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Mendel’s Laws of Heredity

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Presentation on theme: "Mendel’s Laws of Heredity"— Presentation transcript:

1 Mendel’s Laws of Heredity
Why we look the way we look...

2 What is heredity? The passing on of characteristics (traits) from parents to offspring Genetics is the study of heredity

3 Mendel used peas... They reproduce sexually
They have two distinct, male and female, sex cells Their traits are easy to isolate

4 What Did Mendel Find? He discovered different laws and rules that explain factors affecting heredity.

5 Rule of Unit Factors Each organism has two alleles for each trait
Alleles - different forms of the same gene Genes - located on chromosomes, they control how an organism develops

6 Rule of Dominance The trait that is observed in the offspring is the dominant trait (uppercase) The trait that disappears in the offspring is the recessive trait (lowercase)

7 Heterozygous & Homozygous
Heterozygous - if the two alleles for a trait are different (Aa) Homozygous - if the two alleles for a trait are the same (AA or aa)

8 Heredity The two alleles for a trait must separate when the sex cells are formed A parent randomly passes only one allele for each trait to each offspring

9 Heredity The genes for different traits are inherited independently of each other.

10 Phenotype & Genotype Phenotype - the way an organism looks
red hair or brown hair genotype - the gene combination of an organism AA or Aa or aa

11 Incomplete Dominance Neither allele is dominant so there is a blending of traits when two different alleles for the same trait occur together. The offspring have a mix of their parents.

12 Incomplete Dominance Heterozygous individuals = rd phenotype

13 Incomplete Dominance In Four O’ Clocks, if you cross a red
(which is always pure) with a white (that is also always pure), you get a pink (which is always a hybrid).

14 Incomplete Dominance Cross of two pink flowers
What are the possibilities? genotype ratio phenotype ratio

15 Multiple Alleles

16 Multiple Alleles Some human traits are controlled by a single gene that has two or more alleles. Three or more forms of a gene that code for a single trait. In this pattern of inheritance, the genes have more than two alleles controlling them.

17 Multiple Alleles Even though a gene may have
multiple alleles, a person can only carry two of those alleles. Chromosomes exist in pairs – Each chromosome in a pair only carries one allele for each gene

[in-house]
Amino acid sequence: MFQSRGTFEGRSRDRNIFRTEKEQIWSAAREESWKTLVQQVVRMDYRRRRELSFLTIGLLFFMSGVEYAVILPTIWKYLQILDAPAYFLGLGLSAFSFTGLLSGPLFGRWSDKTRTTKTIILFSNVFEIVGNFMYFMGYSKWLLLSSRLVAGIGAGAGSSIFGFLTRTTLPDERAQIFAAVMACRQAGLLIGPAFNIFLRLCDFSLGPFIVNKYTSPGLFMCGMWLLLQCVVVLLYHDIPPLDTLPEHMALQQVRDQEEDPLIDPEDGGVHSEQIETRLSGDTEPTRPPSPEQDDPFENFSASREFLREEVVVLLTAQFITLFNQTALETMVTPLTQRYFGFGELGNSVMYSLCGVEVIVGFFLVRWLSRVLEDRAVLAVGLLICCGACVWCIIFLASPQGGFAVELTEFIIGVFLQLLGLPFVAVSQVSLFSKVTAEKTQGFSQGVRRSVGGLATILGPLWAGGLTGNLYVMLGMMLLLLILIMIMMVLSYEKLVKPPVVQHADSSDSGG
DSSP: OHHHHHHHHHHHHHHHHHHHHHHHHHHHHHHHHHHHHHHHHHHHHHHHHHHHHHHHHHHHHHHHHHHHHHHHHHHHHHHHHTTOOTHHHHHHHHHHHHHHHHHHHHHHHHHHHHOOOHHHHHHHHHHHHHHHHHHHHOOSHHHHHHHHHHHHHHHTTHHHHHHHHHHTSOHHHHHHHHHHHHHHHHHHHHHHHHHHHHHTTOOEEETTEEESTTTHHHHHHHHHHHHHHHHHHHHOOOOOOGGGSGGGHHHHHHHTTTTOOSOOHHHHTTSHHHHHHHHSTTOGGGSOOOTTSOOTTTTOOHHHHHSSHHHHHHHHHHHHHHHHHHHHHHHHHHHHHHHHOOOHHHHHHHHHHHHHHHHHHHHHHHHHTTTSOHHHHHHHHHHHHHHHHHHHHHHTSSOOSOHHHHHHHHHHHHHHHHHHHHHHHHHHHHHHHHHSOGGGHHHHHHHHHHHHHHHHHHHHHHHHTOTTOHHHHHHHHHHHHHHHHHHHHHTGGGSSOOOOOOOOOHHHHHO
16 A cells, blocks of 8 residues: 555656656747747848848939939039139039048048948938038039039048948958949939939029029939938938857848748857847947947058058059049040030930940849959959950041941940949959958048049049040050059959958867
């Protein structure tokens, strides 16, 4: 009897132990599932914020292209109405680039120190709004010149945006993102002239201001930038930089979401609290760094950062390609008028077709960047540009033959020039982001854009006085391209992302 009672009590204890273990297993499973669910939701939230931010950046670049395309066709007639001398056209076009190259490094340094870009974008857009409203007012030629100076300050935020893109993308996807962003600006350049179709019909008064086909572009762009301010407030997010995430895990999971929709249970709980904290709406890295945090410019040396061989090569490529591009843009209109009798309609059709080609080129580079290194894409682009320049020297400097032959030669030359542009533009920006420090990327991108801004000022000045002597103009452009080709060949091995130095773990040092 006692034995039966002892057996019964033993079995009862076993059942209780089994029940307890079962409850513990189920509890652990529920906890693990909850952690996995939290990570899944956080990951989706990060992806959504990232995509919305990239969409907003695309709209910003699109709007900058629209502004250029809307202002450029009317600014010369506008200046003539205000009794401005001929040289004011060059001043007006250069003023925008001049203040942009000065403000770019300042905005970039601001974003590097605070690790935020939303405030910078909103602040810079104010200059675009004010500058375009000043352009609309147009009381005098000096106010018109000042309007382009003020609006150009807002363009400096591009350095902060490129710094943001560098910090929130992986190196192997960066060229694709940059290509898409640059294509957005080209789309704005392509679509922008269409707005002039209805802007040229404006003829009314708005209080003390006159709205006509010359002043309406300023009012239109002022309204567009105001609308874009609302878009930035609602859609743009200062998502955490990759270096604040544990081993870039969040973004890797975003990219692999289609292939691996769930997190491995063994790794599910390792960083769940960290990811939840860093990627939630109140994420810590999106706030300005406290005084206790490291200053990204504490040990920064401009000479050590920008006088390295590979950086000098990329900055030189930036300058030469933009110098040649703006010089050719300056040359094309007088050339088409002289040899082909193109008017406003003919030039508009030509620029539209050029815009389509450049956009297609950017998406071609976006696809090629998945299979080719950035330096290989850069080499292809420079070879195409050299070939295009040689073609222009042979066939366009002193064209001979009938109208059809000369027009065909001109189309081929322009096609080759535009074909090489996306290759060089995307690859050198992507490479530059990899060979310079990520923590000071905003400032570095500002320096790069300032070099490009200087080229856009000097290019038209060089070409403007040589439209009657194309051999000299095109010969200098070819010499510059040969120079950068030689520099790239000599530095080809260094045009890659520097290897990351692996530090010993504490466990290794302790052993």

18 Multiple Alleles Blood type in humans is an example of this inheritance pattern. The four different blood groups: A, B, O, and AB Are produced by three different alleles: A, B, and O

19 Multiple Alleles Examples of Blood type crosses

20 Blood Type Practice Problems:
A mother is AB and a father is O. Draw the Punnett square. A B O What is the probability their offspring will have A type blood? ____ Can they have an offspring with O blood?

21 Polygenic Traits

22 Polygenic Traits Some human traits show a large number of phenotypes because the traits are controlled by many genes. The genes act together as a group to produce a single trait.

23 Polygenic Traits Traits controlled by two or more genes
Show a wide range of phenotypes The phenotype is produced by the interaction of more than 1 pair of genes.

24 Polygenic Traits In humans, eye color,
skin color, hair color are a few controlled by many genes.

25 Polygenic Traits Height is controlled by four genes working together.

26 Polygenic Traits Skin color is controlled by at least three genes, each one containing two different alleles. Various combinations of alleles produce the many skin colors in humans.

27 Genetic Disorders

28 Genetic Disorder An abnormal condition that a person inherits through genes or chromosomes. Genetic disorders are caused by mutations. Down syndrome and cystic fibrosis are two examples of genetic disorders.

29 Genetic Recessive Disorders
Many human genetic disorders are caused by recessive genes. Occur when both parents have the recessive allele for the disorder. Parents may be heterozygous and have no symptoms and pass the trait onto any offspring.

30 Sex-linked Genetics Ex. Colorblindness

31 Boy or Girl? The gender of a baby is determined by genes on chromosomes. There are 23 pairs of chromosomes in each of our cells. One of pair of chromosomes are called sex chromosomes.

32 Boy or Girl? The sex chromosomes determine whether a person is
male or female. The sex chromosomes are the only pair of chromosomes that do not always match.

33 Females Two sex chromosomes match XX Since both chromosomes are X, all eggs carry one X chromosome.

34 Males Two sex chromosomes don’t match XY, so sperm cells will either carry an X or a Y chromosome.

35 Sex-Linked Genes Some human traits occur more
often in one gender than the other. Sex-Linked Genes: Genes on the X and Y chromosomes, whose alleles are passed from parent to offspring on sex chromosomes

36 Sex Linked Gene In females, a dominant allele on one X chromosome will mask a recessive allele on the other X chromosome. In males, there is no matching allele on the X and Y chromosome. As a result, any allele on the X chromosome will produce the trait in a male who inherits it.

37 Sex-Linked Genes Because males have only one X chromosome, males are more likely than females to have a sex-linked trait that is controlled by a recessive allele.

38 Sex-Linked Punnett Square
Let C = Normal Vision c = Colorblind Cross: Normal Male ( ) x Carrier Female ( )

39 Pedigree

40 Pedigree Pedigree: A chart or “family tree” that tracks which members of a family have a particular trait


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